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There's no question that dogs love the peanute butter, but you may have wondered if it's actually good (or bad) for them. Although it's an ingredient in a lot of commercial dog treats, the answer may surprise you. Here's the lowdown on peanut butter for dogs, as well as some safe alternative human foods dogs can eat.
Xylitol & Other Cautions About Peanut Butter
Many brands of peanut butter contain added ingredients that are unhealthy and even harmful for dogs. Some peanut butters include an artificial sweetener called xylitol, which is extremely toxic to pets.
Often, peanut butter contains added sugar that can contribute to weight gain. Peanut butter also typically contains added salt that makes it high in sodium, and certain fats, such as palm oil. Pet parents should check with their veterinarian to ensure that peanut butter is acceptable for their pet, especially those pets with health conditions.
Can Dogs Eat Peanut Butter?
While there are reasons to be cautious about feeding this sticky treat to your dog, the news isn't all bad. Natural peanut butter is a great source of protein, B and E vitamins, and healthy monounsaturated fats, says the AKC. There are a lot of commercial treats with peanut butter that can be fun for your pet. But as with all treats, they should be limited to 10% of daily calories so not to upset nutritional balance. If your dog is crazy about peanut butter, they can eat it in moderation as long as you're careful to check the ingredients and run it by your veterinarian first. Look for all-natural, unsalted peanut butter that lists peanuts as the only ingredient.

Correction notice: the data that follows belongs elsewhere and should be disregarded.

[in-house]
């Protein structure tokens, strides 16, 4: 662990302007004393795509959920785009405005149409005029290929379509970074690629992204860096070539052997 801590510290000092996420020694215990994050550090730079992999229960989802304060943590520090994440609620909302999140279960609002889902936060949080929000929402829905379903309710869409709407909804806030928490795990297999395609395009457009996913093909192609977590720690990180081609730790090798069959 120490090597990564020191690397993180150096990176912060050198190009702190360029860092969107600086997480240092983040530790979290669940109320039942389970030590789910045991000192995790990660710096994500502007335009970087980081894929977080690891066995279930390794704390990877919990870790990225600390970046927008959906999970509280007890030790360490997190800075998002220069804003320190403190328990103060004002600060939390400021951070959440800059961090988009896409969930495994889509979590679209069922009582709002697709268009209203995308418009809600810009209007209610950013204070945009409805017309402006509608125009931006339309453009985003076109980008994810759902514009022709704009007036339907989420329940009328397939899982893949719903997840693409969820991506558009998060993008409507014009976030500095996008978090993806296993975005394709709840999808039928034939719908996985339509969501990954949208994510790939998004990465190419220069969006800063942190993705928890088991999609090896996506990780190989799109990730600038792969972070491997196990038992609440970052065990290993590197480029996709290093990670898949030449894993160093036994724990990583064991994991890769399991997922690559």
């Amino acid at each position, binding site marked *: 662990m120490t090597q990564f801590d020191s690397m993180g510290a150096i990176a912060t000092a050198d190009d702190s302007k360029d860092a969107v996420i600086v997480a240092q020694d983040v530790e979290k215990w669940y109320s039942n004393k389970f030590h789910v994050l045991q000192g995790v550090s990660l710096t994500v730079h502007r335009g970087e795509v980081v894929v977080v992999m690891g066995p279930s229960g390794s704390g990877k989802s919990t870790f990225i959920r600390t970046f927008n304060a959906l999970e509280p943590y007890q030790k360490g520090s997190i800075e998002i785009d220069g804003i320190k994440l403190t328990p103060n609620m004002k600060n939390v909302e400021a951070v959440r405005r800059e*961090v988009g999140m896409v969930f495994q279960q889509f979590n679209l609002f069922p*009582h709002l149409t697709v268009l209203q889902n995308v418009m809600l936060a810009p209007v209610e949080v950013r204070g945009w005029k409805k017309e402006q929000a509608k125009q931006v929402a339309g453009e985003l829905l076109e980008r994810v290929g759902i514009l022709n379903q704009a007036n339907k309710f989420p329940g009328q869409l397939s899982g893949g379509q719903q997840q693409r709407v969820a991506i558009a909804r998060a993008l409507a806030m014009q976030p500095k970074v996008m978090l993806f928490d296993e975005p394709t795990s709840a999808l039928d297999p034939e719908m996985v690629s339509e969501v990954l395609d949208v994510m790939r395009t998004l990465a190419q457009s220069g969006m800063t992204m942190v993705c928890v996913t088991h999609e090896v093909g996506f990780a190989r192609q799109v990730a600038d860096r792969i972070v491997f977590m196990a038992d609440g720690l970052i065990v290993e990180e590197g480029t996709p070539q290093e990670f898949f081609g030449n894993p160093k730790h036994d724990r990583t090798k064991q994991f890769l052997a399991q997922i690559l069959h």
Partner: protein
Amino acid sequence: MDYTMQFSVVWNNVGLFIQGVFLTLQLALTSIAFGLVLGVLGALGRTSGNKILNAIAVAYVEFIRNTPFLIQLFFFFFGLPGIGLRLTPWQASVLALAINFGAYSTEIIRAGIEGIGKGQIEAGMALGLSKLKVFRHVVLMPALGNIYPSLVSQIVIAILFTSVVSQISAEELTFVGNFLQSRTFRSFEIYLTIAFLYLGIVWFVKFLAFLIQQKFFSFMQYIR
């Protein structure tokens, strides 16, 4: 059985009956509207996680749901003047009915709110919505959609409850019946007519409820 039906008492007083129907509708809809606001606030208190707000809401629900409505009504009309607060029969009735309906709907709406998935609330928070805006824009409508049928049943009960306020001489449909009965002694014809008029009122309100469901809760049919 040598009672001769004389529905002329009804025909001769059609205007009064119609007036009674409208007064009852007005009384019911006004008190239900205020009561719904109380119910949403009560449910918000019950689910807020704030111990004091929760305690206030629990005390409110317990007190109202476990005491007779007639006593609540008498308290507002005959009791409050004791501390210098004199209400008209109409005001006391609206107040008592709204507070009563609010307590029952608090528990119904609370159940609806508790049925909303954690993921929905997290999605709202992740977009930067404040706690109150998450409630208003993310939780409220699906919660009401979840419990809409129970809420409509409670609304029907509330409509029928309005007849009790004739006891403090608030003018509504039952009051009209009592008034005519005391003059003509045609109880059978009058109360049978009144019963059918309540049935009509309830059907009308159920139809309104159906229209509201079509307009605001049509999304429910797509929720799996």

You could also make peanut butter at home by simply grinding peanuts in a food processor. If you choose to go this route, be sure to source your peanuts from a reputable source. Peanuts found in nature can sometimes have a fungus on them called Aspergillus flavus and Aspergillus parasiticus, the fungus that produces the aflatoxins (cancer producing toxins) says The National Cancer Institute. This is why in the U.S. the FDA inspects foods like peanuts and peanut butter for human consumption to reduce the risk for people.
Remember that too much of a good thing isn't good for your pup. Between the high fat and calorie content and the threat of aflatoxins, it's best to limit even natural or homemade peanut butter to an occasional treat.
Peanut Allergies in Dogs
Although it's rare, some dogs can develop peanut allergies. While anaphylactic shock and difficulty breathing can occur in dogs with peanut allergies, this type of reaction is most commonly found as a result of being bitten or stung by an insect or from a reaction to medication. Sometimes allergies will result in facial swelling or skin reactions. If you notice these symptoms after giving peanut butter to your dog, stop feeding them peanut butter immediately and consult your vet, who can help determine whether your dog is allergic to peanuts or something else. This is also why it is always a good idea to consult your vet before feeding your dog anything. Since peanut allergies can be serious in children and adults, those individuals need to be careful to avoid contact with pets that may have consumed peanut butter. The risk that peanut residue can end up on their fur is also another real risk for people with severe peanut allergies.
Ways to Treat Your Pooch With Peanut Butter
Here are a few fun ways to give your dog one of the yummiest human foods dogs can eat:
- Make medication fun: If your dog hates taking medication, hide pills in natural peanut butter to make sure they go down right.
- Sweeten entertainment: Use peanut butter to fill a treat toy, and let your pooch lick to their heart's content.
Can dogs eat peanut butter? As long as peanuts are the only ingredient, your peanut butter-loving pooch doesn't have to forgo it entirely. Alternating the occasional lick of peanut butter with healthy treats will keep them satisfied.
Jean Marie Bauhaus